Iselle is the leader of the all-Filipino dance crew PHLtheBeat. She is a very captivating dancer and has displayed incredible leadership skills in growing the group over the past two years. There is a lot of buzz about them around Darwin, so it's great that Adelaide gets to see one of their key members in action.
Traditional Filipino music... how diverse is it, and do Filipino people – young and old – have a strong connection to it? Is it still a major part of modern life in the Philippines? Due to COVID I am unable to bring over a beautiful instrument called a Kulintang. This instrument is a key part of traditional Filipino music.
I am not sure how it fits in with modern life in the Philippines these days, but one of the artists from Adelaide named Clai used to play it a lot at Mindanao State University back in the Philippines, which leads me to believe they are still keeping it alive and well.
I think depending on where you grew up (or where your parents grew up), you would have seen and heard more traditional Filipino music. I didn't hear much as a kid visiting the Philippines, although I did hear a lot of disco hits with my cousins dancing around a clothesline covered in lights.
How do you plan to get the party jumpin' with your own DJ set; what music will we be dancing to? My DJ sets are known for their feel-good vibes, so I'll play a mix of gems that I've found on Bandcamp which I think people should check out and move to. I also come from a real '90s hip hop background so I often mix in some classics and house party type tracks while trying to push some rarer underground bangers.
It's not just music that will be celebrating Filipino culture – there'll also be street food vendors and entertainment for the whole family, right? We have two hours of music and dancers, and it's definitely family-friendly. There will also be the amazing The Filipino Project setting up a food stall. I was lucky enough to sample their food at Gluttony earlier in the year. It was incredible.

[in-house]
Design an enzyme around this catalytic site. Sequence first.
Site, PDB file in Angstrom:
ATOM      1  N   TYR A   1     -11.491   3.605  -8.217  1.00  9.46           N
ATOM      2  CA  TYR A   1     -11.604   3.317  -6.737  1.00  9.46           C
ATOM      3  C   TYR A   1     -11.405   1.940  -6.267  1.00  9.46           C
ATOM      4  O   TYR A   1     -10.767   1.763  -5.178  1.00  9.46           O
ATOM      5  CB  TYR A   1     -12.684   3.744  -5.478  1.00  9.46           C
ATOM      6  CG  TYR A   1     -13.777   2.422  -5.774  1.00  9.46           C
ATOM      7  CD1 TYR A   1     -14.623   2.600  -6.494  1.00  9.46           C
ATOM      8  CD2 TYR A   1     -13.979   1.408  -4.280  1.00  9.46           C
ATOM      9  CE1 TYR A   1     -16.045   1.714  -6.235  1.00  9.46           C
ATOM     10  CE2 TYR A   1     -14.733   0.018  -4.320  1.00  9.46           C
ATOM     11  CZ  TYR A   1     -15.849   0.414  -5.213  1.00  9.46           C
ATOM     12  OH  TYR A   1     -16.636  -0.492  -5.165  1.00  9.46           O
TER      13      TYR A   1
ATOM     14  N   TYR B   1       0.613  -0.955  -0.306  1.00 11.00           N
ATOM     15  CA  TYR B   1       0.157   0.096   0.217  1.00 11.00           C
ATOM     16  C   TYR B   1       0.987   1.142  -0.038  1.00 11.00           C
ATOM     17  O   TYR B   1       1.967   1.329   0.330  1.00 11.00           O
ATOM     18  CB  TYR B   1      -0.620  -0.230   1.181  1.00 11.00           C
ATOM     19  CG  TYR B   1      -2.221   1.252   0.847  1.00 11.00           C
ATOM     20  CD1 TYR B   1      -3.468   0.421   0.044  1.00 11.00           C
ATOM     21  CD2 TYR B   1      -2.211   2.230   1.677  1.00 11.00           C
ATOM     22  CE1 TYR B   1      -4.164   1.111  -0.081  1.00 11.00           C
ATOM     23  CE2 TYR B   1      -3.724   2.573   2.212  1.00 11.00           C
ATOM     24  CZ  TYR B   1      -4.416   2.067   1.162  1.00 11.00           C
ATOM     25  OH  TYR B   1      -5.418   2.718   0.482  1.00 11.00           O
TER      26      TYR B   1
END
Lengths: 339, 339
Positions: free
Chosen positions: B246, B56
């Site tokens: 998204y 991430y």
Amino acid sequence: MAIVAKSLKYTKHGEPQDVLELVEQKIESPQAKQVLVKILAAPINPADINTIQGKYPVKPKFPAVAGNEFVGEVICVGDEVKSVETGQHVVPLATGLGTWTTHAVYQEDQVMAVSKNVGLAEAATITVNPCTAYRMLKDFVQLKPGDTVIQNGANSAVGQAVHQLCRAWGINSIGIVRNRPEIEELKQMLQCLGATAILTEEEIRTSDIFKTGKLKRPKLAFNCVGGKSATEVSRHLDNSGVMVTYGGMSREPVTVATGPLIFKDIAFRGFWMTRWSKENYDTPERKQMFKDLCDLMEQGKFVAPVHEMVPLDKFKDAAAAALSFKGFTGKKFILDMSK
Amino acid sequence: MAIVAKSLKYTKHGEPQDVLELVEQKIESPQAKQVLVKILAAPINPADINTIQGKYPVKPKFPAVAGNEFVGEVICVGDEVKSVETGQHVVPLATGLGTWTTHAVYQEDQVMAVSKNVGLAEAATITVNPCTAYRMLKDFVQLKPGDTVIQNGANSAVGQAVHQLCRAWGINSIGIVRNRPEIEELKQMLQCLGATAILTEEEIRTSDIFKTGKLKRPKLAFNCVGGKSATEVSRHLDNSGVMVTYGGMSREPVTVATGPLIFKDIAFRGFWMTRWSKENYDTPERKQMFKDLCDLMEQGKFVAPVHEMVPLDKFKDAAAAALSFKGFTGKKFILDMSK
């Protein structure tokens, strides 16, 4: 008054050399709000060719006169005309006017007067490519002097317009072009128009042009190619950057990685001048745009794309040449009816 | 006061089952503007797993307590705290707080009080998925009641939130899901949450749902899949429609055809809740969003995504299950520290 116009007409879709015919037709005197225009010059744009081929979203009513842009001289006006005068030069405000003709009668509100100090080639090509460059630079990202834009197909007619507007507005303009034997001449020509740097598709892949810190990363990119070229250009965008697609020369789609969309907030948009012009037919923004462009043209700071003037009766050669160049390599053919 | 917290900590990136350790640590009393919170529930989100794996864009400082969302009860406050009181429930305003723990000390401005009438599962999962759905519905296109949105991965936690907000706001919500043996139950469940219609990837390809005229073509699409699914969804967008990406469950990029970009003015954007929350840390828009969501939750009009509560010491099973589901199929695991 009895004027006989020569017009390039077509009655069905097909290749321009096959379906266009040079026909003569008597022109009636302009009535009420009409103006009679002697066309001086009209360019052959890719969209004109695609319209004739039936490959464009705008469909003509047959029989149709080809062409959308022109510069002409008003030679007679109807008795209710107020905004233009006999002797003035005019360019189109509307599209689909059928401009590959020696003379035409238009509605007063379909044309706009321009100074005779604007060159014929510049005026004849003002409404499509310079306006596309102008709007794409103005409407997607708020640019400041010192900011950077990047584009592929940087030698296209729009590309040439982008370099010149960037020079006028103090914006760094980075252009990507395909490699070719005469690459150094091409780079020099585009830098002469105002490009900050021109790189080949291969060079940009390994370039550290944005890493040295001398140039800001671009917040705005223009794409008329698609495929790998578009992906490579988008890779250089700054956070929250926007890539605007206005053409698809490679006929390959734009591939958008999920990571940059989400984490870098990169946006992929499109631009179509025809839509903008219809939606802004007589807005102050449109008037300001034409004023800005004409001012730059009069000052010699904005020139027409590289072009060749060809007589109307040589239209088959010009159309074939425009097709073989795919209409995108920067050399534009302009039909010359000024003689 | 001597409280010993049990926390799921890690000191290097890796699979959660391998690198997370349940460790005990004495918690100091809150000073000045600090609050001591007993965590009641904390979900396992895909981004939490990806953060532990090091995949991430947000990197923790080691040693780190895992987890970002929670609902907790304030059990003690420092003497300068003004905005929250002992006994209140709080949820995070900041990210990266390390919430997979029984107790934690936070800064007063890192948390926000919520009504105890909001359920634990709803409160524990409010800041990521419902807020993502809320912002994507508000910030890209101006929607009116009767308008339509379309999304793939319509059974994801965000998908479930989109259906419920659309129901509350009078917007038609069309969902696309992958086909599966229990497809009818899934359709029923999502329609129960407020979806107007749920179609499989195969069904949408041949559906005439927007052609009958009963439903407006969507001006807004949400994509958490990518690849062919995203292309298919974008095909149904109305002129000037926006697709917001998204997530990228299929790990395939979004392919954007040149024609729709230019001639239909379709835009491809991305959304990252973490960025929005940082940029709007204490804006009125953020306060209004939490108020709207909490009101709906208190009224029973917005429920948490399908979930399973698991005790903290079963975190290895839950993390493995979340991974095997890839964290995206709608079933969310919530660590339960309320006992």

What's your favourite traditional Philippines dish and why? It's a classic, Chicken Adobo, but I gotta be specific that my Tatay makes it the best. It's essentially chicken, soy, vinegar, bay leaves and black peppercorns. Tatay has a way he cuts the chicken too that makes sure the juices really get into every corner of the meat. I could live off that and steamed rice.
Your Facebook page shares that you're a part-time cook. How adept are you in the kitchen, and what are you specialities? My specialty is actually Mexican food. I fell in love with cooking certain dishes when I lived in Melbourne and could get access to these amazing chillies. I became obsessed with them.
I think I'm known most for my Mexican feasts and my garlic fried rice with egg and crispy pork belly. One of my secrets is using this salt and pepper from Taiwan. The food over in Taiwan is crazy and I stole some tricks for sure.
Further to the last question, if we were coming over to your place, what would you cook us? If you wanted Filipino food I would make garlic fried rice and Chicken Adobo, and for dessert Ube ice cream with banana and mango (and maybe jackfruit if you roll like that).